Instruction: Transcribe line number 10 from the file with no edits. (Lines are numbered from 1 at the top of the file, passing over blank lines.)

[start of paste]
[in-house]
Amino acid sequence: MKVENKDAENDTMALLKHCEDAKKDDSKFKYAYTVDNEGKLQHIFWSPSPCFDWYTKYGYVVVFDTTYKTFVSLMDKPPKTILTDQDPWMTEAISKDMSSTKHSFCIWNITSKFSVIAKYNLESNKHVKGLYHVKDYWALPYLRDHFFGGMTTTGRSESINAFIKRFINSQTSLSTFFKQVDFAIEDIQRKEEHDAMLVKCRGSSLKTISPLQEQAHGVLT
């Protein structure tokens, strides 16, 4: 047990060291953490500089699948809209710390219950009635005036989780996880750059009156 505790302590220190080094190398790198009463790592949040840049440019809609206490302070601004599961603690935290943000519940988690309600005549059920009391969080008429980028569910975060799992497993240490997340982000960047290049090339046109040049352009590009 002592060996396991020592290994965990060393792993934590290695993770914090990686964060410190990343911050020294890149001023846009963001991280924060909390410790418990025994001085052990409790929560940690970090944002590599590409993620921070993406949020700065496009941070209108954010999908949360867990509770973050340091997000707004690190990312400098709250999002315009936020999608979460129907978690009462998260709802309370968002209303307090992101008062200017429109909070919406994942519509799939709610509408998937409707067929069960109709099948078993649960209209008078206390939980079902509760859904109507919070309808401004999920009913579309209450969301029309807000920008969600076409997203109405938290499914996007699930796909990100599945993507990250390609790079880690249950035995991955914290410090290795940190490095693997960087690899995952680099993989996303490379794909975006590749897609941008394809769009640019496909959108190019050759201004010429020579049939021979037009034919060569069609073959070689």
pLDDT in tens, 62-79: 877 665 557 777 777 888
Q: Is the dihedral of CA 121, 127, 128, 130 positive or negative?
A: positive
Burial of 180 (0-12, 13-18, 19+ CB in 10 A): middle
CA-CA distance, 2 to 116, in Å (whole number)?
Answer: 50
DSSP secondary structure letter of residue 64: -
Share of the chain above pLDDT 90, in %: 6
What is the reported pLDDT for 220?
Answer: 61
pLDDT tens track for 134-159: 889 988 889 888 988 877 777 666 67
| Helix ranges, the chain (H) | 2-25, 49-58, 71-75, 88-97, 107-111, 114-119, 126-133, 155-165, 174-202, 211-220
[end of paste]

DSSP secondary structure letter of residue 64: -